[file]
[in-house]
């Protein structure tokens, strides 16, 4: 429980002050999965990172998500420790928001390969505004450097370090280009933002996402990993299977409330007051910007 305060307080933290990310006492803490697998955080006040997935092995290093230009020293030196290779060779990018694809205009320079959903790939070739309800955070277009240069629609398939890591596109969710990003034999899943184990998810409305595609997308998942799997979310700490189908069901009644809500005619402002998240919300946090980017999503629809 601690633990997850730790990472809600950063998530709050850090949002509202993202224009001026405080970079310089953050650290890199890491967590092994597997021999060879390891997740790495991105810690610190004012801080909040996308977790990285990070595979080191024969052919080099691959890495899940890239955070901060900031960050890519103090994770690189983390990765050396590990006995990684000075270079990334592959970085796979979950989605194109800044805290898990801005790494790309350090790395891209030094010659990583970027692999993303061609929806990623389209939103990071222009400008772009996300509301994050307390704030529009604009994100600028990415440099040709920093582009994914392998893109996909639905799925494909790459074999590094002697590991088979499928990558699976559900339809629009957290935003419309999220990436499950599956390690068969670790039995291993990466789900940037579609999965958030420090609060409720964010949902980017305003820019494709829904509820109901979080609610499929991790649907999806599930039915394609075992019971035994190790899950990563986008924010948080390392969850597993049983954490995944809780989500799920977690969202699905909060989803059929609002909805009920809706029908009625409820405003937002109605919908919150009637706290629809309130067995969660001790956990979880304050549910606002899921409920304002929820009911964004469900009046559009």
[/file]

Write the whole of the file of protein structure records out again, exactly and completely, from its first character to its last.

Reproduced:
[in-house]
């Protein structure tokens, strides 16, 4: 429980002050999965990172998500420790928001390969505004450097370090280009933002996402990993299977409330007051910007 305060307080933290990310006492803490697998955080006040997935092995290093230009020293030196290779060779990018694809205009320079959903790939070739309800955070277009240069629609398939890591596109969710990003034999899943184990998810409305595609997308998942799997979310700490189908069901009644809500005619402002998240919300946090980017999503629809 601690633990997850730790990472809600950063998530709050850090949002509202993202224009001026405080970079310089953050650290890199890491967590092994597997021999060879390891997740790495991105810690610190004012801080909040996308977790990285990070595979080191024969052919080099691959890495899940890239955070901060900031960050890519103090994770690189983390990765050396590990006995990684000075270079990334592959970085796979979950989605194109800044805290898990801005790494790309350090790395891209030094010659990583970027692999993303061609929806990623389209939103990071222009400008772009996300509301994050307390704030529009604009994100600028990415440099040709920093582009994914392998893109996909639905799925494909790459074999590094002697590991088979499928990558699976559900339809629009957290935003419309999220990436499950599956390690068969670790039995291993990466789900940037579609999965958030420090609060409720964010949902980017305003820019494709829904509820109901979080609610499929991790649907999806599930039915394609075992019971035994190790899950990563986008924010948080390392969850597993049983954490995944809780989500799920977690969202699905909060989803059929609002909805009920809706029908009625409820405003937002109605919908919150009637706290629809309130067995969660001790956990979880304050549910606002899921409920304002929820009911964004469900009046559009």